If you publish a business blog, you probably know how easy it is to get stuck in a rut, writing the same articles over and over again.
Clearly a great blog thrives on a mix of content -- but what type of mix?
For this blog, I focus on five categories of posts. Last week Jurgen Appelo got me thinking about food as metaphor to describe them, so I thought I'd share what I came up with.
Raisin Bran - Useful, Everyday Posts
You should work hard to make sure you're good at these posts -- that you can whip them out, and that your readers engage with them and like them.
Spinach - Healthy, Thoughtful Posts
These are the posts that establish your business and your blog as a thought leader. They're posts that probe new developments in technology and changes in your industry. They're generally a little longer than typical posts, and they take longer to write. My Post " Inbound Marketing & the Next Phase of the Web " is a good example.
Make sure you do these from time to time (and take the time to do them well), but don't do them too often. Too much spinach, and your readers will get tired of it.
Roasts - Big, Hearty Projects
These are posts that take a lot of time, but that get a lot of attention and inbound links. Our State of the Twittersphere report is a great example. It took a lot of time to pull the data together and do the analysis, but it got great traction.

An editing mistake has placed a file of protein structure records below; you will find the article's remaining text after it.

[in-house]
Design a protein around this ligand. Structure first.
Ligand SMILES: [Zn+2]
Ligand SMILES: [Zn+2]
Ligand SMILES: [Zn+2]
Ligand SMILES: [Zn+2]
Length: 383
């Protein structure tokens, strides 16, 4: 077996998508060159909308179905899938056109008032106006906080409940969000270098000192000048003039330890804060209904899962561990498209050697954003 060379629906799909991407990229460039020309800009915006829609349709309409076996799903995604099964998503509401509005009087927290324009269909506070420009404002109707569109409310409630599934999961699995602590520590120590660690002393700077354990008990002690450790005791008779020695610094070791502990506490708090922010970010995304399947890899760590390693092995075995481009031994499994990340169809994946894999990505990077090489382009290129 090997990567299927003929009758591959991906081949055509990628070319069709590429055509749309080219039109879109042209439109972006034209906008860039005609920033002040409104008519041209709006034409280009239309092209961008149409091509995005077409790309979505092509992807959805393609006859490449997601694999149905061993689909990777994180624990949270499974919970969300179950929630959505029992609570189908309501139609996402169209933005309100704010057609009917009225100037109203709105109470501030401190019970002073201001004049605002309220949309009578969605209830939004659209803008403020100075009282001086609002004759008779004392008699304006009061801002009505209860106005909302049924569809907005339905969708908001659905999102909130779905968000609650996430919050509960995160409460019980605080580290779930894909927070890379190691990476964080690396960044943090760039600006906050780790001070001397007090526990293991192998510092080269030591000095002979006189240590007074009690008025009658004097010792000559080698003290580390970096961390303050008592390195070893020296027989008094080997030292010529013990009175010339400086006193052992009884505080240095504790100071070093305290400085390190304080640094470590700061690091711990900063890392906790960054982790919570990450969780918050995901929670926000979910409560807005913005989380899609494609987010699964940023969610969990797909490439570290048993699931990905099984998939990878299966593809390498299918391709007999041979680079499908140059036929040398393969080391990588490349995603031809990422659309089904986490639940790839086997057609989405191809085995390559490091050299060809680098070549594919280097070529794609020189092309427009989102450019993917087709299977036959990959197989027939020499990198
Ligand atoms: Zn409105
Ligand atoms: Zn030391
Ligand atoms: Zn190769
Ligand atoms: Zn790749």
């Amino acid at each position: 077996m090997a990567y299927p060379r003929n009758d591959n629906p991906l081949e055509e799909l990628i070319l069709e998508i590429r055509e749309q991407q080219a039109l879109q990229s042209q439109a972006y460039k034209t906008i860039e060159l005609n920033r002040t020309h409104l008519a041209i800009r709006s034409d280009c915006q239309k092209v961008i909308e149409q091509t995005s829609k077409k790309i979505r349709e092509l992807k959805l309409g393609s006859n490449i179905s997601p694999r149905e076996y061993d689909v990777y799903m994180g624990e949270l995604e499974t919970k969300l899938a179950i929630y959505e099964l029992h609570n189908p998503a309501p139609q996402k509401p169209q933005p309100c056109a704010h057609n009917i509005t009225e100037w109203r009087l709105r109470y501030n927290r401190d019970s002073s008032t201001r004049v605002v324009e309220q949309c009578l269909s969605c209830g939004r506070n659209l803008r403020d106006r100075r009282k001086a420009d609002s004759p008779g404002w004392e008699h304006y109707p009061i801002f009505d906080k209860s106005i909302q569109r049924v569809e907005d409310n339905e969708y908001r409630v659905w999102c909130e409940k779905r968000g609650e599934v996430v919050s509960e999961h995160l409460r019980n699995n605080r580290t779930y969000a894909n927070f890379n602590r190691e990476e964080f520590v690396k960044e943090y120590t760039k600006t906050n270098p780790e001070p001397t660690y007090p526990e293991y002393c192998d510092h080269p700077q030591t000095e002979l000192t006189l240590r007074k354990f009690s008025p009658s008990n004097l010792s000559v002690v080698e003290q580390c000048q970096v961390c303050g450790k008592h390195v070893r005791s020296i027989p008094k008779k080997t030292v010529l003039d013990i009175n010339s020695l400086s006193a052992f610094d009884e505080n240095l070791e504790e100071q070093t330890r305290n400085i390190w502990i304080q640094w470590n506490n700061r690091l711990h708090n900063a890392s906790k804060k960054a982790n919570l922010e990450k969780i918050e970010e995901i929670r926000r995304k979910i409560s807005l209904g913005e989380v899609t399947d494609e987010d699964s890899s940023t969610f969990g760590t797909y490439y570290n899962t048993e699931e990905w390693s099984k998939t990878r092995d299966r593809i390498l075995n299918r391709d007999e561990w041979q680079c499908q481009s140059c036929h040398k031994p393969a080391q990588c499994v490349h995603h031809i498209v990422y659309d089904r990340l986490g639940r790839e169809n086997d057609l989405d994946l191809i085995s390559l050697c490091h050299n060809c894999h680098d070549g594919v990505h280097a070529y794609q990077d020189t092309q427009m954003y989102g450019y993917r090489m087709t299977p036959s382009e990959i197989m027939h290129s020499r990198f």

Because of their exceptional traction, roast will introduce your blog to new audiences -- the State of the Twittershere introduced the Inbound Marketing Blog to newspaper readers and France and Canada for the first time. This, in turn, will help expand you blog's reach.
The challenge with a roast is to make sure you pick the right project. It's a lot of time to invest in a single article, so you need to make sure you're producing interesting, unique information.
Tabasco - Articles That Start Fires
Every so often you need to write an article that asks tough questions. These posts might upset a few of your readers, but they also launch important, valuable conversations. For example, last week I did a post called " A Message for the Post Office: Direct Mail Is Dying ." This upset a lot of our readers who rely on direct mail. They spoke up -- sometimes in sharp tones -- in the comments, and we had a lively discussion. Lots of people linked to the article with posts of their own, and the result was that a lot of the nuance about direct mail and its status was uncovered.
You can't do these posts everyday. But they're an important part of your overall blog mix.
Chocolate Cake - The Sweet Stuff
Every blog needs fun stuff that goes down easily and shows that you don't take yourself too seriously. These types of posts come in all sizes, shapes and forms.
What do you think? What kind of posts do you publish on your business blog?
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